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October 9, 2009

NYC Turns Out for Animals on The Myriad, All Creatures Tour

The HSUS's Christine Gutleben reports from The Myriad bus on the coast-to-coast All Creatures tour

The Humane Society of the United States

by Christine Gutleben

Wednesday night, Tyrone Wells and The Myriad performed to a sold-out show at the Highline Ballroom, ironically located in the Meatpacking District of New York City. Patrick Kwan, The HSUS New York state director, joined me and hundreds of concert-goers at the show. 

"New York City really turned out for the animals when they came to rock with The Myriad on Wednesday," said Kwan. "The crowd had so much energy, and we talked to so many people afterward who are ready to make this world a better place for animals in every facet of what we do."

Several audience members approached us after the show, each wanting to get involved in animal protection. A fashion student expressed her commitment to more humane choices in her future line of work. A music industry executive shared his excitement upon watching a T.V. segment about our work with NFL player and former dogfighter Michael Vick. A waitress at the venue said she wants to spend her days building spay/neuter awareness. It's humbling to be approached by individuals with very full lives who want to make time to help animals. 

Toward the end of the evening, a man with the build of a grizzly bear approached me wearing an HSUS anti-fur pin. He wanted to purchase a tour t-shirt and asked for instructions on how to text-in. (Anyone can sign up for mobile alerts on animal protection issues.) The work of The HSUS touches so many different kinds of people—something I expect to see more of as we move across the country.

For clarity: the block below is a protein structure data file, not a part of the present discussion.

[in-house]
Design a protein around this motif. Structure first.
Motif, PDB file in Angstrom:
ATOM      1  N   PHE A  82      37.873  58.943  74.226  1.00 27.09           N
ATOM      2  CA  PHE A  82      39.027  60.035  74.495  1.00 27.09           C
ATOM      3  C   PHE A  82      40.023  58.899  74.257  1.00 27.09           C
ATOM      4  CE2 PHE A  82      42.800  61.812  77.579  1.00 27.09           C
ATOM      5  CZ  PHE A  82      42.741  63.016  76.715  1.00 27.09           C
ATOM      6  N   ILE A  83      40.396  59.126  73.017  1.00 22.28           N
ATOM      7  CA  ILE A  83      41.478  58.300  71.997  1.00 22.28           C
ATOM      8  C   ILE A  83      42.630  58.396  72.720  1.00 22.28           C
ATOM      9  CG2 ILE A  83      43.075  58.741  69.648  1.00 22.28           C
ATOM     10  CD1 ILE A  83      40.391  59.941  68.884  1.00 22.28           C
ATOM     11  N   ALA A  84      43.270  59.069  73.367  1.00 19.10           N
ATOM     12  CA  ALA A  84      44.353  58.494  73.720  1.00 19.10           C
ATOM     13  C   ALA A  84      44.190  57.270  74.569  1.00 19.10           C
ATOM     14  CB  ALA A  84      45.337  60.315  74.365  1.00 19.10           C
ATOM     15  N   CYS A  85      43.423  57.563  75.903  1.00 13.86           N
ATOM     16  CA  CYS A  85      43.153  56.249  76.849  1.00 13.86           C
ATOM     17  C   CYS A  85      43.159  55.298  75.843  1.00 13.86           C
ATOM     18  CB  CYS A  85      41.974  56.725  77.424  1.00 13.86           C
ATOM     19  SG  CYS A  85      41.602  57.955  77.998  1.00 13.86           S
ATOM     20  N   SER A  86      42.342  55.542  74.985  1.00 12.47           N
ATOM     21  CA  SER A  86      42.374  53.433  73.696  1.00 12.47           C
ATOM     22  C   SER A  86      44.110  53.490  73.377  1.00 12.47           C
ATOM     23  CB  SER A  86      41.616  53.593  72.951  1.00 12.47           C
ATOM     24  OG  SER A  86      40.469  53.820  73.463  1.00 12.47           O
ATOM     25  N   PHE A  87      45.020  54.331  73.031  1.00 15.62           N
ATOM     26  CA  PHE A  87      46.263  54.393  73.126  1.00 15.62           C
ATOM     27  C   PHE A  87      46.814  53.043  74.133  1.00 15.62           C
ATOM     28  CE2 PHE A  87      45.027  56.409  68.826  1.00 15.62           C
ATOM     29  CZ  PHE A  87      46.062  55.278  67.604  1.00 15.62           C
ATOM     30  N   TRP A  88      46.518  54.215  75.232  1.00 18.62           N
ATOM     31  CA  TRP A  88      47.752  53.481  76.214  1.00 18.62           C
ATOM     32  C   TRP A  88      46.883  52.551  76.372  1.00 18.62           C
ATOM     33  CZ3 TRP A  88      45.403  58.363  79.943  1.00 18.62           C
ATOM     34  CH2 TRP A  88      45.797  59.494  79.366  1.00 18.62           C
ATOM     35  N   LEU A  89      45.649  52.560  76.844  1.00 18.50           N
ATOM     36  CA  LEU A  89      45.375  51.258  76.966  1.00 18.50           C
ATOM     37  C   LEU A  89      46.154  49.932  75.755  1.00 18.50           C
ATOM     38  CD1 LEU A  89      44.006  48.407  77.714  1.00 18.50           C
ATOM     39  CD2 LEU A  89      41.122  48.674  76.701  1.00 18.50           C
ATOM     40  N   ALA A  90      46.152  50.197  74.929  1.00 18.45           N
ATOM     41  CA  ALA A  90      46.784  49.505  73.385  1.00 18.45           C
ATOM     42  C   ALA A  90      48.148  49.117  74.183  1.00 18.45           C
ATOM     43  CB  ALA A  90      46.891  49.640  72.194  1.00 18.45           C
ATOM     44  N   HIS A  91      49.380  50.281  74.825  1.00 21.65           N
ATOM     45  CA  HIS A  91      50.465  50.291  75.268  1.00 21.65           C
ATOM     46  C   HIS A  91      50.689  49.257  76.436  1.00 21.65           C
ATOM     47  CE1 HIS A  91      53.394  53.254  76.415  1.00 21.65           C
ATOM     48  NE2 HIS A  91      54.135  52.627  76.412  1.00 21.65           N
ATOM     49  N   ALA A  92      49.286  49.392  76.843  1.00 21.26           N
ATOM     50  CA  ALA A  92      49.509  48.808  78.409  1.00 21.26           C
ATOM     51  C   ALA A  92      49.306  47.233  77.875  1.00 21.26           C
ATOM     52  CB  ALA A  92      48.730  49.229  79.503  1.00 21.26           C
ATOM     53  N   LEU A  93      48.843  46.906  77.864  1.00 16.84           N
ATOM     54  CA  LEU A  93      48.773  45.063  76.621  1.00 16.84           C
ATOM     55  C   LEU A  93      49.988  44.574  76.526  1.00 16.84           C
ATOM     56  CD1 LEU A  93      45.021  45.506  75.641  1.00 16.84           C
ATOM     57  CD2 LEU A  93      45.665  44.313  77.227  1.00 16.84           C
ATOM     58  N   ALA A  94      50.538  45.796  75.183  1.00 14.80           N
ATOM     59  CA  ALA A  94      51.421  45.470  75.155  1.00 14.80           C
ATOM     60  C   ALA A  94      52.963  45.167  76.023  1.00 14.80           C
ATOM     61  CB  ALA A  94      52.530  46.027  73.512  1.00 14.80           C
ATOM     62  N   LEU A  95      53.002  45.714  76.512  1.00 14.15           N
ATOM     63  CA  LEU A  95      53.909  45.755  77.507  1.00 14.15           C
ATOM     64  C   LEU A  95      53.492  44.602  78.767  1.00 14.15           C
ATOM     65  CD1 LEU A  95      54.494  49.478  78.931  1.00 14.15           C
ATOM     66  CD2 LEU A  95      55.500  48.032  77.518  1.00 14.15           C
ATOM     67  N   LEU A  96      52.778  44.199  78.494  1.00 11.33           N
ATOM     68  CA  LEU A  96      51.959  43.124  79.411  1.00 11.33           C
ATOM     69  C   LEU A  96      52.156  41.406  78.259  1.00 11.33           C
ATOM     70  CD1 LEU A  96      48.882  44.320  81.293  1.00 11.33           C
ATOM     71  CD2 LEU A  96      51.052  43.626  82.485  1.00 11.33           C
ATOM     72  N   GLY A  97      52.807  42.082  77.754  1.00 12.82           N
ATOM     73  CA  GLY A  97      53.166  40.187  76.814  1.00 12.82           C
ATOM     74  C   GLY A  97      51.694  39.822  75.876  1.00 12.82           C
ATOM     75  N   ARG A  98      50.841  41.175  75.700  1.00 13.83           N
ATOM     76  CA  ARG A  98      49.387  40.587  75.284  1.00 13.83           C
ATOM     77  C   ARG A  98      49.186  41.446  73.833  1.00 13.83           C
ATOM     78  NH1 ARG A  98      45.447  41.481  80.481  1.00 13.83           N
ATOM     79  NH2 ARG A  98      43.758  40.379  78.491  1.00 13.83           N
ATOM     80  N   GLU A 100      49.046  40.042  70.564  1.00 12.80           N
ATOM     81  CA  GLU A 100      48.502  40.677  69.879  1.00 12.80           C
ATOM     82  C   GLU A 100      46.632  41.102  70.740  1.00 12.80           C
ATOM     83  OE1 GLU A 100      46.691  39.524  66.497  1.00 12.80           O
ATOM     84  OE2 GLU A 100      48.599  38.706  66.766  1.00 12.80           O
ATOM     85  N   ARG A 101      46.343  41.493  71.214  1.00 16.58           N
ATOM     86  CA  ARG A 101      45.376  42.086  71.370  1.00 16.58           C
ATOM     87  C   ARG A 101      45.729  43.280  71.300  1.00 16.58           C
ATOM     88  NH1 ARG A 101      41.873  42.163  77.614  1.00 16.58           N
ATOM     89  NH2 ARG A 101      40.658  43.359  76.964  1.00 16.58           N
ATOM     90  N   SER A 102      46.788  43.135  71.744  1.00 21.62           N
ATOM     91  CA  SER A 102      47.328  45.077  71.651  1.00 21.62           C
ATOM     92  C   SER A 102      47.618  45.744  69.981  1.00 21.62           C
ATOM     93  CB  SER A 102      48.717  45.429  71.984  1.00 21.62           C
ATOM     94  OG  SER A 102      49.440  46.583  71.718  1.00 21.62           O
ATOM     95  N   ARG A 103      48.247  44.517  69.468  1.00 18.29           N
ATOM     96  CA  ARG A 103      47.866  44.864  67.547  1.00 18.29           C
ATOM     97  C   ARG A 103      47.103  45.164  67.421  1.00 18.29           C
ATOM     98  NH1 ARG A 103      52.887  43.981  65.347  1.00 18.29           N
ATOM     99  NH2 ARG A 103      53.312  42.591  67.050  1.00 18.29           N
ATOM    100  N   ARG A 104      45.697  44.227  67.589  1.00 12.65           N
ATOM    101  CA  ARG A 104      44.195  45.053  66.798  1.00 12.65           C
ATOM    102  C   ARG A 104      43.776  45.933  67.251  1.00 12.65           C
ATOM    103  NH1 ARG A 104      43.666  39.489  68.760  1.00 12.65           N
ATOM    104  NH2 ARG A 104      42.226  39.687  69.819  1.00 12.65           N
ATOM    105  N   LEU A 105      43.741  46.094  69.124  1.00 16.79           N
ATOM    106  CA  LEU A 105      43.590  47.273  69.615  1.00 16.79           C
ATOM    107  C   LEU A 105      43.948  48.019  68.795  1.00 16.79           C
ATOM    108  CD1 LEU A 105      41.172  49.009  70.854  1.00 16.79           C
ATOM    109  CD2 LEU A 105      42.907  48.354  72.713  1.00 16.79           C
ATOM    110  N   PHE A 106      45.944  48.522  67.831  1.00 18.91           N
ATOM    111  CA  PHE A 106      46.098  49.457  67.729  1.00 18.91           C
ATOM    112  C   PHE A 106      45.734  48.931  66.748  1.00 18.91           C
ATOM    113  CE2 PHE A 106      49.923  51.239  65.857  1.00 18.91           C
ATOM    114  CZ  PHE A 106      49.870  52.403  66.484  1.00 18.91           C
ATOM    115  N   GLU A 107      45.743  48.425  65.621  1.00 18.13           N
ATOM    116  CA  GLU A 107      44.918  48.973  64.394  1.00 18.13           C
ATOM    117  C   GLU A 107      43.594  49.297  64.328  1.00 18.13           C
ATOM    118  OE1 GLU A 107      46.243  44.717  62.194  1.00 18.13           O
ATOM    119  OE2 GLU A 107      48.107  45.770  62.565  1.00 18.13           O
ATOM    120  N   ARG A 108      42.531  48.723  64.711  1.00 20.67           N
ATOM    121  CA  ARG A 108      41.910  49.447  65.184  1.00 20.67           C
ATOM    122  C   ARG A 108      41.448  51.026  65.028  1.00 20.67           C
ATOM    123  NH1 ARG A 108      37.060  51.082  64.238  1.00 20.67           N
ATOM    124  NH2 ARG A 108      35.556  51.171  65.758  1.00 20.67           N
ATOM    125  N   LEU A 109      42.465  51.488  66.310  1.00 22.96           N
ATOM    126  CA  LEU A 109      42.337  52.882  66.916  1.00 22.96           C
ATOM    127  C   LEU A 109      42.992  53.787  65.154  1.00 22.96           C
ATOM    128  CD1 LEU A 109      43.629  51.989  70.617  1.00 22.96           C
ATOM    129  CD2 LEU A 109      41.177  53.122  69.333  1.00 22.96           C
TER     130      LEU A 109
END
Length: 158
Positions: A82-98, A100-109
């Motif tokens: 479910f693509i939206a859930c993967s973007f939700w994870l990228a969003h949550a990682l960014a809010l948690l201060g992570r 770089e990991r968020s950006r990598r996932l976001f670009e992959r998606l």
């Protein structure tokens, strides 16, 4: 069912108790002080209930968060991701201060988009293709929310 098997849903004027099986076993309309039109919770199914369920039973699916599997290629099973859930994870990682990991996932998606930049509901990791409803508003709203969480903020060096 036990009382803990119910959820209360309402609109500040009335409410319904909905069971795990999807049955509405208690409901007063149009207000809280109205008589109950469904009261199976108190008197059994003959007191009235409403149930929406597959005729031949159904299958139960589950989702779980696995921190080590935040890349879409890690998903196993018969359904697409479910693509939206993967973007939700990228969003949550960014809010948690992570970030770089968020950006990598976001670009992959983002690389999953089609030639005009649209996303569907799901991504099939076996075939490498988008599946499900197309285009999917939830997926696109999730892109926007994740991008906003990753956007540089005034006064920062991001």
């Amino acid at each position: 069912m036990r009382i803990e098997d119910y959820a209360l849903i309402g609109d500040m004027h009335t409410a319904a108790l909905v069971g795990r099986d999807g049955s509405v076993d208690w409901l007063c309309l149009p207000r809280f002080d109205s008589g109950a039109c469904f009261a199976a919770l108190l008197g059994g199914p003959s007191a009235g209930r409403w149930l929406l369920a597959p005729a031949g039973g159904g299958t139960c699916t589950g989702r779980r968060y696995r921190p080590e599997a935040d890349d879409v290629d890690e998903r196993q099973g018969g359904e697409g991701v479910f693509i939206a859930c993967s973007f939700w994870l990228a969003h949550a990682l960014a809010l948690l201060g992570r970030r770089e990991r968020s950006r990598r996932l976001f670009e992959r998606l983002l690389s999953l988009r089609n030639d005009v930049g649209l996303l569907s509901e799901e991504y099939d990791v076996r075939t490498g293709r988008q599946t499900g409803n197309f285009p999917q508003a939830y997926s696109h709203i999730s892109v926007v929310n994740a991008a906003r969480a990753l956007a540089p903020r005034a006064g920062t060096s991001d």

On the road en route to Pittsburgh on Friday, Steven Tracy, The Myriad's guitarist, talked about the tour. "It has been so great." He said that while advocacy has "always been something that has been on our hearts" as a band, it is "something very special and exciting for us" to put that advocacy into action on the All Creatures tour.

"A lot of practical things can be done to help animals that don't take a lot of effort"

Tracy also reflected on a conversation he had last night in Rochester, at the Water Street Music Hall, with a woman who struggled with factory-farming issues.

"People are surprised to find out what really goes on, that this is not the '50s." He gave her a copy of Eating Mercifully, and they discussed the issues. Tracy said the woman realized the issues were not really polarizing. "A lot of practical things can be done to help animals that don't take a lot of effort," he said.

Tracy will pass his time on the tour bus today fiddling with his portable key board and working out arrangements for tonight's show at the Hard Rock Cafe. Some days on the long road trips, he relaxes by listening to contemporary bluegrass and folk music on his iPod. "It's different from day to day," he said. "Today is a little bit of work."

Tracy also said he doesn't mind having me, the only woman with the band, along for the trip. "Everyone's on their best behavior," he joked. His tone more serious, Tracy said, "We talk a lot about the (HSUS) cause. It's educational for everyone here." Next stop: Chicago.

Karen L. Allanach, HSUS associate director of faith outreach, contributed to this story.

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